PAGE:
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Jane Eyre

Presenting: The Real Housewives of Classic Literature!

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Everyone loves The Real Housewives! OK, to be fair, not everyone is aware of how magical the Real Housewives can be on occasion. While a lot of people find them irritating, where else are you going to find crazy moments where weird rich women debase themselves like insane animals in a menagerie for we the people to marvel at? No matter what your opinion is on The Real Housewives franchise, it’s hard to deny that they’re a bonafide cultural phenomenon. Love them or hate them, their hilarious quips, wild cat fights and generally unblinking attitude towards affluence are here to stay. So, if we were to cast a new season of Real Housewives, populated by some of the most desperate…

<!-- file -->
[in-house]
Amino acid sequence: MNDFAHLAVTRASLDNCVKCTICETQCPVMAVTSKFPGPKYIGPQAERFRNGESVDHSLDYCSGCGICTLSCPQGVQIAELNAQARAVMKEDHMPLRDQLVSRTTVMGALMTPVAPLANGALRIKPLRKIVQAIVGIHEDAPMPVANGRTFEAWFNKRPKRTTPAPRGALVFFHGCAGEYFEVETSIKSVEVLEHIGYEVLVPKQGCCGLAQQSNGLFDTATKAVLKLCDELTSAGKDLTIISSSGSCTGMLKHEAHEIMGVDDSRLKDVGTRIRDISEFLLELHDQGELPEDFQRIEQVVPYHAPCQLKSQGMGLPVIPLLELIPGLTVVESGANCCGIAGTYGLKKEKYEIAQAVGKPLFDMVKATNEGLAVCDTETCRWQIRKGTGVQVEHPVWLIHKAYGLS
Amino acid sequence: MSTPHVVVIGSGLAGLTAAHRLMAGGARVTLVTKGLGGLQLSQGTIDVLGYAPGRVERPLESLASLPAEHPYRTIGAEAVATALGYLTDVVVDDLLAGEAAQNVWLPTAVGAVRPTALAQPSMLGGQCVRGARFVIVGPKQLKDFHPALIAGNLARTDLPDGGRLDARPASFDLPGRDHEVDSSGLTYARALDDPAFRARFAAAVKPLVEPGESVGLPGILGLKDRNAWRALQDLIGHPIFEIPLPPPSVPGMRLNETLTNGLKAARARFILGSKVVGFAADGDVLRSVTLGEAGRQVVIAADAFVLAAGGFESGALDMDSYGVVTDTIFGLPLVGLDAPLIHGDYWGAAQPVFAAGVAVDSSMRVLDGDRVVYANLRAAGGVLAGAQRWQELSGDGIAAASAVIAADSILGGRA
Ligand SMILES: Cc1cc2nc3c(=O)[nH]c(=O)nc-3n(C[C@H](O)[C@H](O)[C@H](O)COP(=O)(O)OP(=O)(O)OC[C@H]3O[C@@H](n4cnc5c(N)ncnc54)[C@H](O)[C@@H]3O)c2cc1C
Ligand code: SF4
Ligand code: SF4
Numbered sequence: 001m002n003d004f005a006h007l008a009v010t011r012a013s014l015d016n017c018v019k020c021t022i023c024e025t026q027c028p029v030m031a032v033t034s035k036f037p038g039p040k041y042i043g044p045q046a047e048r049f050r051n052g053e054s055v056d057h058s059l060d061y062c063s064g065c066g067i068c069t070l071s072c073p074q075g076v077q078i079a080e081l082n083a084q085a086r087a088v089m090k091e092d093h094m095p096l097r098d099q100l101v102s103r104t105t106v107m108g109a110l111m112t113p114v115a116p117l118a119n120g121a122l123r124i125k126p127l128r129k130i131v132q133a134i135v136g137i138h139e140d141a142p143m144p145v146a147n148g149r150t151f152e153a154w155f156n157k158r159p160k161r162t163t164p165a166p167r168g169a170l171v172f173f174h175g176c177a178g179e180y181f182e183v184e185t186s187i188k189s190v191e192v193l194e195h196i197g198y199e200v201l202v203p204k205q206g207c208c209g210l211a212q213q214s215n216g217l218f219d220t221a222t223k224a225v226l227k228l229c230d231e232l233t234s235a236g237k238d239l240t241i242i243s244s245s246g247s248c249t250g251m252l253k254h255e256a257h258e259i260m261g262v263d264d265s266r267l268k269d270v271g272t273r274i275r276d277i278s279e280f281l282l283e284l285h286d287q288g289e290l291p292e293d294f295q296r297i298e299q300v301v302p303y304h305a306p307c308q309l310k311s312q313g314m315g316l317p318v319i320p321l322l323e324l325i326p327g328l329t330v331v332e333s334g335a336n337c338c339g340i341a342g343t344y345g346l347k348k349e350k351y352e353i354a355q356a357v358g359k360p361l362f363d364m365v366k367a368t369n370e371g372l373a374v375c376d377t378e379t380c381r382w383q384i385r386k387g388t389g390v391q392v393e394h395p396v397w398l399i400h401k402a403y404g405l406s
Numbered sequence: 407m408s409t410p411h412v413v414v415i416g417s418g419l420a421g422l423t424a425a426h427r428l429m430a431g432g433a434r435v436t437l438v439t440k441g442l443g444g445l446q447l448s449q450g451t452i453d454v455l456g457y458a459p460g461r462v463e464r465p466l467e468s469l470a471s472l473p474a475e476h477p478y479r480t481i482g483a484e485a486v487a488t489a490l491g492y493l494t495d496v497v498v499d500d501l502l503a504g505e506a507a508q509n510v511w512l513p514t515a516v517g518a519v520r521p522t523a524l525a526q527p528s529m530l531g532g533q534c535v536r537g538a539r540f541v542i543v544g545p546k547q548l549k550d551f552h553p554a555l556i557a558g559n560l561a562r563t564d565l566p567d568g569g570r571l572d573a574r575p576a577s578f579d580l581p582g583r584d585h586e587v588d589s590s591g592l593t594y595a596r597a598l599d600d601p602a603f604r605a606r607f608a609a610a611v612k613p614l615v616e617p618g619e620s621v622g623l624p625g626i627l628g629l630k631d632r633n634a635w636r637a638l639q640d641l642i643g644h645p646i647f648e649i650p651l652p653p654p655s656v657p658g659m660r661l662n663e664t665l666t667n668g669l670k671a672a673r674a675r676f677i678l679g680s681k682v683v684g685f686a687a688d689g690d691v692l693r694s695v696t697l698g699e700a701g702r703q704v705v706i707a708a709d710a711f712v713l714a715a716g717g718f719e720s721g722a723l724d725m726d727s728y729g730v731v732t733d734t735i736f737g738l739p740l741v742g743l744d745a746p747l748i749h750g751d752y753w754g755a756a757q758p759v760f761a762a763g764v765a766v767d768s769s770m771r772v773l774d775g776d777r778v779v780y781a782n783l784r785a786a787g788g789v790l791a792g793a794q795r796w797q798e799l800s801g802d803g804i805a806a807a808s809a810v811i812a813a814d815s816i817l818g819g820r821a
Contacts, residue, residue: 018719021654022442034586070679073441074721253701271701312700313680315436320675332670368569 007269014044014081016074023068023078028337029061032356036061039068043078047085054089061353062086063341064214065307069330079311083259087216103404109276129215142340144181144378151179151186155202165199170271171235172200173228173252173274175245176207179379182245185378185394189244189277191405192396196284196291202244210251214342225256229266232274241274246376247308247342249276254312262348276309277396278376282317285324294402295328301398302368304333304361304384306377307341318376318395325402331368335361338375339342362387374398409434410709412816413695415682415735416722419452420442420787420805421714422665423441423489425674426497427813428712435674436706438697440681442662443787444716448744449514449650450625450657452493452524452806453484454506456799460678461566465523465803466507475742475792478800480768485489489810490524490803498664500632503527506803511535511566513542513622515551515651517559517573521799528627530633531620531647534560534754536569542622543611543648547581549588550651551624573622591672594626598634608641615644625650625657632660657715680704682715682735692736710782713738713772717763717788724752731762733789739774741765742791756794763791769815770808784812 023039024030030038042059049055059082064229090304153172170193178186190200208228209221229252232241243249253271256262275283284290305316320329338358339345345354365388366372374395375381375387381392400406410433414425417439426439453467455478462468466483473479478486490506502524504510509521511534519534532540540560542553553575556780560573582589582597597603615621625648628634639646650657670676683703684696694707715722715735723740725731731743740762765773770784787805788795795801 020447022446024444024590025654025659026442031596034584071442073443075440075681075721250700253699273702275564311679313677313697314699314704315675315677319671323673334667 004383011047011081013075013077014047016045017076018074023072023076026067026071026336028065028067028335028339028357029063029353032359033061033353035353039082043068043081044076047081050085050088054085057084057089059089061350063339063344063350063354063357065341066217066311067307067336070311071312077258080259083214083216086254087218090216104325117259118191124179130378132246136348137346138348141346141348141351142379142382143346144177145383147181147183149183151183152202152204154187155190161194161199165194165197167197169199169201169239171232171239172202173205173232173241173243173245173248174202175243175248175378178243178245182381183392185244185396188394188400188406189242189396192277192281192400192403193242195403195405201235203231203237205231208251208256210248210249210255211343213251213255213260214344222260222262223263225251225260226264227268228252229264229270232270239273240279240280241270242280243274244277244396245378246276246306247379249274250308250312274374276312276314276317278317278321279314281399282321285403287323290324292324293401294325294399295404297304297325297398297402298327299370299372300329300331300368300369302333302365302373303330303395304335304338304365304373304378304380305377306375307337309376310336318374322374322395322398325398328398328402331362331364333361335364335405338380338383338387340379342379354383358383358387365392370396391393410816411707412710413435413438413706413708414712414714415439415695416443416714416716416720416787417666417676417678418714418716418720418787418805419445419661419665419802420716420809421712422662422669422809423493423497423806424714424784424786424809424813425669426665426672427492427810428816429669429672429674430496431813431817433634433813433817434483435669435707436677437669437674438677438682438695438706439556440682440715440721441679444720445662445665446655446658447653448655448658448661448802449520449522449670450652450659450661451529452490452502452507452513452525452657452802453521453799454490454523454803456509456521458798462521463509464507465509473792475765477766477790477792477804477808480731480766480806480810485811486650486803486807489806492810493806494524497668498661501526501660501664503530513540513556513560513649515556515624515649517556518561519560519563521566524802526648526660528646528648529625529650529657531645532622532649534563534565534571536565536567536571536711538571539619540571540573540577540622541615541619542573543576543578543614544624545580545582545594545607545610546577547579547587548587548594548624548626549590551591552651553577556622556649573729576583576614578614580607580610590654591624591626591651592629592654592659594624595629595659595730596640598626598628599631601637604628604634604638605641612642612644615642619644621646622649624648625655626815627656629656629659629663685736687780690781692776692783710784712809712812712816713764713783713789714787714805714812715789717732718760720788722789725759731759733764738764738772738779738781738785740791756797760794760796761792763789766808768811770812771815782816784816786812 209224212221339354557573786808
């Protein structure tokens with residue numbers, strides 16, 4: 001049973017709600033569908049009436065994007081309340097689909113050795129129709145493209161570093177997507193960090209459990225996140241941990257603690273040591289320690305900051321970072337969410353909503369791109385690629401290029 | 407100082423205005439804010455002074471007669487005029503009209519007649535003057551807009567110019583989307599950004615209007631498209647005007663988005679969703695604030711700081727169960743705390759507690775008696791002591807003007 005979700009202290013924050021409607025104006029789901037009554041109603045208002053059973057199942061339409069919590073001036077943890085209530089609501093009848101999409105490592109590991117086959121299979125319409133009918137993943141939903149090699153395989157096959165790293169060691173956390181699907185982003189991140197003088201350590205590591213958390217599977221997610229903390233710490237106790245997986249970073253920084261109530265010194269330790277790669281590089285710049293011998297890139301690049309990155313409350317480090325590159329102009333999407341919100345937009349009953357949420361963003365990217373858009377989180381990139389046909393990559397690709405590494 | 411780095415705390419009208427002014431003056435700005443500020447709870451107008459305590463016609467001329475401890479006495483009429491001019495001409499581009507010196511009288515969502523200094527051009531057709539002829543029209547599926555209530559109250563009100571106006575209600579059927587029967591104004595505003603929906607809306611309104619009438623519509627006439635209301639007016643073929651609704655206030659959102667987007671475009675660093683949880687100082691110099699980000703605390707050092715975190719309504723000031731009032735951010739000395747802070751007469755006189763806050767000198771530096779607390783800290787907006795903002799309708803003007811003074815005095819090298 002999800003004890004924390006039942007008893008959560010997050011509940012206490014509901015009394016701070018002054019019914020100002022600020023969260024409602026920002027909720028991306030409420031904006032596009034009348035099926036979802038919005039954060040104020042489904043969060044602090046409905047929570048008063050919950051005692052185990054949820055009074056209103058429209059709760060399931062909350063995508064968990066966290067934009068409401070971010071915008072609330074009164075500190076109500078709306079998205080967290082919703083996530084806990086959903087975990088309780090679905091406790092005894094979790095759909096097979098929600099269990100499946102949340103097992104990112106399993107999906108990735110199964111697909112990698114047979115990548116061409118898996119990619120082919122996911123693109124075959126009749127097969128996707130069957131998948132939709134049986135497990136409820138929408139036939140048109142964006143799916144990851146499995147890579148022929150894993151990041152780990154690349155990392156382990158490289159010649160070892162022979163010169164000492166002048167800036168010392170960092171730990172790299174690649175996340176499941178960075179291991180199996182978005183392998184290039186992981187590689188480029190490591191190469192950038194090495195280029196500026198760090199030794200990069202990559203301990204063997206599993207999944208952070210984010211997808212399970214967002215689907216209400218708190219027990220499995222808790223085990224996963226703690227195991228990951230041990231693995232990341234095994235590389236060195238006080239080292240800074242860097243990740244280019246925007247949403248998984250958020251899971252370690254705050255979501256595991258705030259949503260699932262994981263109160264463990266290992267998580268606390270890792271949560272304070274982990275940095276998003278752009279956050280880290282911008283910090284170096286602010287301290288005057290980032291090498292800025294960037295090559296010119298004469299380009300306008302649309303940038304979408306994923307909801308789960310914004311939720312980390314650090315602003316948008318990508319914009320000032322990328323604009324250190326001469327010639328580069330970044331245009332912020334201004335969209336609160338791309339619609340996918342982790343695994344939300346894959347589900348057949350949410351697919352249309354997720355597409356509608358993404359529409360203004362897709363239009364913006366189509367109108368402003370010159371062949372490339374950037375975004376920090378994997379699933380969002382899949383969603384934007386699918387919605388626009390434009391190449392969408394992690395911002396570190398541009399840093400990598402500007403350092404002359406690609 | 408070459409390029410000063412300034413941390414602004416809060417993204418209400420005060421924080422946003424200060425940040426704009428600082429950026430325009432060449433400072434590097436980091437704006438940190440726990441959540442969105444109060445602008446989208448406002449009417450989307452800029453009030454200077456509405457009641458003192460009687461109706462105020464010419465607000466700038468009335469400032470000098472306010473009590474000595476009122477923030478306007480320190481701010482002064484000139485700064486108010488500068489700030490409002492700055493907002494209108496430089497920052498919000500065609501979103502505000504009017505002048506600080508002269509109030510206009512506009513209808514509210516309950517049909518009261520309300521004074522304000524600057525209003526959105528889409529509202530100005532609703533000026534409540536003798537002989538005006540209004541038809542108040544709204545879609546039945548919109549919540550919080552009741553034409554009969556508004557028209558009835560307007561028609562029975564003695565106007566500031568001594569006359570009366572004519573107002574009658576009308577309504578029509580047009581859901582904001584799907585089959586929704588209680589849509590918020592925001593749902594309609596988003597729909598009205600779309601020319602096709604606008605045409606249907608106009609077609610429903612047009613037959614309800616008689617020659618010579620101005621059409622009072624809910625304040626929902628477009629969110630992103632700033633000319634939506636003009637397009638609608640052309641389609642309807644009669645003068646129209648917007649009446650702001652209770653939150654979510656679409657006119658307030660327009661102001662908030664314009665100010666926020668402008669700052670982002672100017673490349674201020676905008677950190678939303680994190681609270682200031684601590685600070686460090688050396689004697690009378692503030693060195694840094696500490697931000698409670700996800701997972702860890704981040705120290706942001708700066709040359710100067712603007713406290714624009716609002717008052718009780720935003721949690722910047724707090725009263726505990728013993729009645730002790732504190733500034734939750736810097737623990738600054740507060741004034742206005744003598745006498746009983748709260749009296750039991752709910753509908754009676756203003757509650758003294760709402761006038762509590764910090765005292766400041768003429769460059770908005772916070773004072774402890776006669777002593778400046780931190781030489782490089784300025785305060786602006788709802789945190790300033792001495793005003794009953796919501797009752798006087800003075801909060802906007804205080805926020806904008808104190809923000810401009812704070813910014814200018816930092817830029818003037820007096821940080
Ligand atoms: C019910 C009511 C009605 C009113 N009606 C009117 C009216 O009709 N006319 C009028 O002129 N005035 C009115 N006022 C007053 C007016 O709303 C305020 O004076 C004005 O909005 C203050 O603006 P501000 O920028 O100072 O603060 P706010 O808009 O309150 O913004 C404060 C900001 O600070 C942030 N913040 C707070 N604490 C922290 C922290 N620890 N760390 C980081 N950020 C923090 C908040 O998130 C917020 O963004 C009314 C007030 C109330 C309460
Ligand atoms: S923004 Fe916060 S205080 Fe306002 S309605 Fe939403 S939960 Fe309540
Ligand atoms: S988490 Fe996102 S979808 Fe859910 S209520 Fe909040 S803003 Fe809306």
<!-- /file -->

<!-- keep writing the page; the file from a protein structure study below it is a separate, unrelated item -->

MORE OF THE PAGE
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The Original Fan Fiction Prequel Marks its 50th Anniversary

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It may not be entirely fair to refer to Wide Sargasso Sea by Jean Rhys (WW Norton & Co.; reissuing January 25, 2016) as the first great work of fan fiction—it stands entirely on its own as a classic. But the “prequel” to Charlotte Brontë’s Jane Eyre, which celebrated its 50th anniversary of publication this week, is the grandmamma of an entire genre that has spun some classic novels. In case you missed it in English class, Wide Sargasso Sea answers one of the biggest questions from the pages of Jane Eyre—who was the woman in the attic and what drove her mad? Author Rhys wasn’t satisfied with Bronte’s explanation that all Creole women are crazy and instead spent nearly…